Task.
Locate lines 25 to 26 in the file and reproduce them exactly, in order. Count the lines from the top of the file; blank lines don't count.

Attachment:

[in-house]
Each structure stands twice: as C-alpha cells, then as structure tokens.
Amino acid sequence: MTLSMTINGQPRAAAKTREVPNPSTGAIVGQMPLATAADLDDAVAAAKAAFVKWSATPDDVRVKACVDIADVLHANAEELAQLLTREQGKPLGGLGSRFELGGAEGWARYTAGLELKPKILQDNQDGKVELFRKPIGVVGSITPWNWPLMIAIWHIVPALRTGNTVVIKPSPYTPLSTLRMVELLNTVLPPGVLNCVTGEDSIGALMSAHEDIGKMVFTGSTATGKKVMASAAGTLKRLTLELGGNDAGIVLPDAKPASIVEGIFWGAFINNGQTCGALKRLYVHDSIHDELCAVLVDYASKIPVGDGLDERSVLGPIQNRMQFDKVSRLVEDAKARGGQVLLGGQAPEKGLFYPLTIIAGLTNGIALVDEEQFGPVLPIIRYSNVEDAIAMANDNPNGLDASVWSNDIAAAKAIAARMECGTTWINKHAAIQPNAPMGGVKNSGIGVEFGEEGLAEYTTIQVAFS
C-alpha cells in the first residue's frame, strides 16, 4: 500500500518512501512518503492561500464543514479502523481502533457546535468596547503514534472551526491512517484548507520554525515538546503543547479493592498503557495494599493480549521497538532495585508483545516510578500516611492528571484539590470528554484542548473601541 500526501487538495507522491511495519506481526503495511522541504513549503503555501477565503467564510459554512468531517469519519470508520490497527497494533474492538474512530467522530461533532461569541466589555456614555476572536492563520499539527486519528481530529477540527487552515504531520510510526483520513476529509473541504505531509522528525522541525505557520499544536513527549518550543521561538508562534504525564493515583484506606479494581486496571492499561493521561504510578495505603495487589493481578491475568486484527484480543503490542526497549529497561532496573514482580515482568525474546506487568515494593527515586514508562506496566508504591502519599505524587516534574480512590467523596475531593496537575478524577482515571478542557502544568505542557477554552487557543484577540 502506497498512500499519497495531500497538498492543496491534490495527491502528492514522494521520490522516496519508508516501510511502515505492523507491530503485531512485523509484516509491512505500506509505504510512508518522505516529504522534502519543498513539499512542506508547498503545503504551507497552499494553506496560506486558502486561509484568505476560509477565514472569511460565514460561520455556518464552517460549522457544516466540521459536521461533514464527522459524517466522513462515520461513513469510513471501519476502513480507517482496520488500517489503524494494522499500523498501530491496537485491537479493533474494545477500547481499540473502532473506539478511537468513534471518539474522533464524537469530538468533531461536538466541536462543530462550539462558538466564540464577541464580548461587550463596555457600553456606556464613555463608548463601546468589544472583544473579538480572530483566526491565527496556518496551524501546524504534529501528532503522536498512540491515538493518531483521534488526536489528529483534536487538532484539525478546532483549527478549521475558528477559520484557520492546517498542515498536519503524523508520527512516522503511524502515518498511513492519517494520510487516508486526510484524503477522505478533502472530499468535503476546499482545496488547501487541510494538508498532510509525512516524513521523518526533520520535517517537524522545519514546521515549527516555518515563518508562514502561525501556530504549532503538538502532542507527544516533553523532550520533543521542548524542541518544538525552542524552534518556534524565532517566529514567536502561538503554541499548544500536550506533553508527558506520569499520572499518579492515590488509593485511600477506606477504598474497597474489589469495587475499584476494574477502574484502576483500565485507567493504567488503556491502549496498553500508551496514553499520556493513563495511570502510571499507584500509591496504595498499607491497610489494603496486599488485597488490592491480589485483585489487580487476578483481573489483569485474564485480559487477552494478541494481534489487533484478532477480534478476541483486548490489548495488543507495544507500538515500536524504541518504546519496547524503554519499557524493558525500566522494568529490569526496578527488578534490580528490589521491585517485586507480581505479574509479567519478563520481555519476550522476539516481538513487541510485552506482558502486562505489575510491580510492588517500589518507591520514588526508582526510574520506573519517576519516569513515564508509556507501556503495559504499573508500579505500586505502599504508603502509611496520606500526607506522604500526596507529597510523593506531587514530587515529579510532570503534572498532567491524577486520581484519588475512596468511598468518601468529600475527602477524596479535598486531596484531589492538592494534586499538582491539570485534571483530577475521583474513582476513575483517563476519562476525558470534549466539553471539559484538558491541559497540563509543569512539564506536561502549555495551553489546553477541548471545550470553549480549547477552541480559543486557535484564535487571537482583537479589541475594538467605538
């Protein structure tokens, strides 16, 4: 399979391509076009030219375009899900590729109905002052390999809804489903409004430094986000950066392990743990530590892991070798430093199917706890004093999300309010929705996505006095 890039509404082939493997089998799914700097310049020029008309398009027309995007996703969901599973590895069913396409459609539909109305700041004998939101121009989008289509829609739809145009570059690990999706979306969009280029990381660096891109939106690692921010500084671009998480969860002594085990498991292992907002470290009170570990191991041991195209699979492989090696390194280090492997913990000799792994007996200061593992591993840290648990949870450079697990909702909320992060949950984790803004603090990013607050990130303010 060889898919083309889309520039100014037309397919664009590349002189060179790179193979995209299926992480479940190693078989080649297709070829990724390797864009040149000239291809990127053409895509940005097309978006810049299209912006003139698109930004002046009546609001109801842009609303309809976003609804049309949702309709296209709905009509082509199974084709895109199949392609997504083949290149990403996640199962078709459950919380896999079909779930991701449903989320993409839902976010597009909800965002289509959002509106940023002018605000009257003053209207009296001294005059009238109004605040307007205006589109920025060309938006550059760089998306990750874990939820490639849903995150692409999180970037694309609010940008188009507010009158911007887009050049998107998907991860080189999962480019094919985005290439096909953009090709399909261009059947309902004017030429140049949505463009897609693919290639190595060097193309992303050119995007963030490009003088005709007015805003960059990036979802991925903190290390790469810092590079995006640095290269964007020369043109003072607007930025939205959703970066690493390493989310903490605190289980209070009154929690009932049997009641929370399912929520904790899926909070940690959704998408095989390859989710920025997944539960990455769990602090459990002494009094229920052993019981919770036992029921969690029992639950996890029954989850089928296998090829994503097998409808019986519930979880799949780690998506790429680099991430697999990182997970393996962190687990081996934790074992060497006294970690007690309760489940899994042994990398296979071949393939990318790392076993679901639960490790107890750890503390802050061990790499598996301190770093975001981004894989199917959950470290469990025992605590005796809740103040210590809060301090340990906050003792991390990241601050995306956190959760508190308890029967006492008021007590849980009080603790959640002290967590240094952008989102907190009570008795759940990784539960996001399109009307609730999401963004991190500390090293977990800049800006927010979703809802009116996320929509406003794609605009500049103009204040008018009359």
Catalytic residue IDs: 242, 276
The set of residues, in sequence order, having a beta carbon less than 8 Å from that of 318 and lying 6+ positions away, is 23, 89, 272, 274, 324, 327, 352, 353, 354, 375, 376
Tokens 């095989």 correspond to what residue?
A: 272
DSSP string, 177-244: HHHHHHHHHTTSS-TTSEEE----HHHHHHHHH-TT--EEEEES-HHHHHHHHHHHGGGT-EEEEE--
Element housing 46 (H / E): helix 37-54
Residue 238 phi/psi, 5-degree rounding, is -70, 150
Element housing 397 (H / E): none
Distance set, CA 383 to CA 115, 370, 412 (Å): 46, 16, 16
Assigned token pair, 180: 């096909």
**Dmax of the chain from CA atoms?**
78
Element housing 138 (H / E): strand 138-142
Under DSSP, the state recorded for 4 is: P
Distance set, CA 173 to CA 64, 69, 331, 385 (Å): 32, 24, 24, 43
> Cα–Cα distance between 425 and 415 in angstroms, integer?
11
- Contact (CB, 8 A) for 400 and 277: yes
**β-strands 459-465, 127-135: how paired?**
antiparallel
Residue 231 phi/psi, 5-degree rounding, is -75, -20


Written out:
antiparallel
Residue 231 phi/psi, 5-degree rounding, is -75, -20